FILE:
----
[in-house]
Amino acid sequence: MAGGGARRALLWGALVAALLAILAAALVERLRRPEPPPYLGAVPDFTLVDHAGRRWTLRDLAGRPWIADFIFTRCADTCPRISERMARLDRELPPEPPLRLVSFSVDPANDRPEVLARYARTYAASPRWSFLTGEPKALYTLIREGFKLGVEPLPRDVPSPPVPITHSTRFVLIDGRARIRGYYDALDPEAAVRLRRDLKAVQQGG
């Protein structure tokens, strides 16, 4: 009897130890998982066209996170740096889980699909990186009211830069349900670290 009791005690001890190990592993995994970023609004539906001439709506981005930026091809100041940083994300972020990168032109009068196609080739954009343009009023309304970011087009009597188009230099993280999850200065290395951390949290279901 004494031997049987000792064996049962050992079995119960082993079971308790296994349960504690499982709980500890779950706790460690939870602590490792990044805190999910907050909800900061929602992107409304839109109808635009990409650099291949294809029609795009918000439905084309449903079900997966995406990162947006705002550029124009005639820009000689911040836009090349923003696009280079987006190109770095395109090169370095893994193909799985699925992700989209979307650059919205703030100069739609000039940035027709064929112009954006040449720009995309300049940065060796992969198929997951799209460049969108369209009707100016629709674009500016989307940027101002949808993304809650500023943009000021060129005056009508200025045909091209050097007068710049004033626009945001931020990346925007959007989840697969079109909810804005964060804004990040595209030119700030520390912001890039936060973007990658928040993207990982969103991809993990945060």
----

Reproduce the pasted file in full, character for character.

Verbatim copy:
[in-house]
Amino acid sequence: MAGGGARRALLWGALVAALLAILAAALVERLRRPEPPPYLGAVPDFTLVDHAGRRWTLRDLAGRPWIADFIFTRCADTCPRISERMARLDRELPPEPPLRLVSFSVDPANDRPEVLARYARTYAASPRWSFLTGEPKALYTLIREGFKLGVEPLPRDVPSPPVPITHSTRFVLIDGRARIRGYYDALDPEAAVRLRRDLKAVQQGG
């Protein structure tokens, strides 16, 4: 009897130890998982066209996170740096889980699909990186009211830069349900670290 009791005690001890190990592993995994970023609004539906001439709506981005930026091809100041940083994300972020990168032109009068196609080739954009343009009023309304970011087009009597188009230099993280999850200065290395951390949290279901 004494031997049987000792064996049962050992079995119960082993079971308790296994349960504690499982709980500890779950706790460690939870602590490792990044805190999910907050909800900061929602992107409304839109109808635009990409650099291949294809029609795009918000439905084309449903079900997966995406990162947006705002550029124009005639820009000689911040836009090349923003696009280079987006190109770095395109090169370095893994193909799985699925992700989209979307650059919205703030100069739609000039940035027709064929112009954006040449720009995309300049940065060796992969198929997951799209460049969108369209009707100016629709674009500016989307940027101002949808993304809650500023943009000021060129005056009508200025045909091209050097007068710049004033626009945001931020990346925007959007989840697969079109909810804005964060804004990040595209030119700030520390912001890039936060973007990658928040993207990982969103991809993990945060």